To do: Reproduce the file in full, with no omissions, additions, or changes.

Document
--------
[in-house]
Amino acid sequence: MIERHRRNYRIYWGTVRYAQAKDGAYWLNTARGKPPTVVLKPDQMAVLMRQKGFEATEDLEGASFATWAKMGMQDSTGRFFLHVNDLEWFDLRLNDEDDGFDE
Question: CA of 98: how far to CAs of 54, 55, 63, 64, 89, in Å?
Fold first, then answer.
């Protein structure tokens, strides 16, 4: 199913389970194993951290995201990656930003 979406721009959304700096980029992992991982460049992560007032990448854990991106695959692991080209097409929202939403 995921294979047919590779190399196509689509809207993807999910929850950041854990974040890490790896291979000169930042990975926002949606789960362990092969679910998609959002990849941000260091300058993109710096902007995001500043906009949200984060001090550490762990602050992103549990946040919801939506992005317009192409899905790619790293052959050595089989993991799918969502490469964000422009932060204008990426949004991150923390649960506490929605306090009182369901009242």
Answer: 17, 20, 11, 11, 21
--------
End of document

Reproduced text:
[in-house]
Amino acid sequence: MIERHRRNYRIYWGTVRYAQAKDGAYWLNTARGKPPTVVLKPDQMAVLMRQKGFEATEDLEGASFATWAKMGMQDSTGRFFLHVNDLEWFDLRLNDEDDGFDE
Question: CA of 98: how far to CAs of 54, 55, 63, 64, 89, in Å?
Fold first, then answer.
């Protein structure tokens, strides 16, 4: 199913389970194993951290995201990656930003 979406721009959304700096980029992992991982460049992560007032990448854990991106695959692991080209097409929202939403 995921294979047919590779190399196509689509809207993807999910929850950041854990974040890490790896291979000169930042990975926002949606789960362990092969679910998609959002990849941000260091300058993109710096902007995001500043906009949200984060001090550490762990602050992103549990946040919801939506992005317009192409899905790619790293052959050595089989993991799918969502490469964000422009932060204008990426949004991150923390649960506490929605306090009182369901009242």
Answer: 17, 20, 11, 11, 21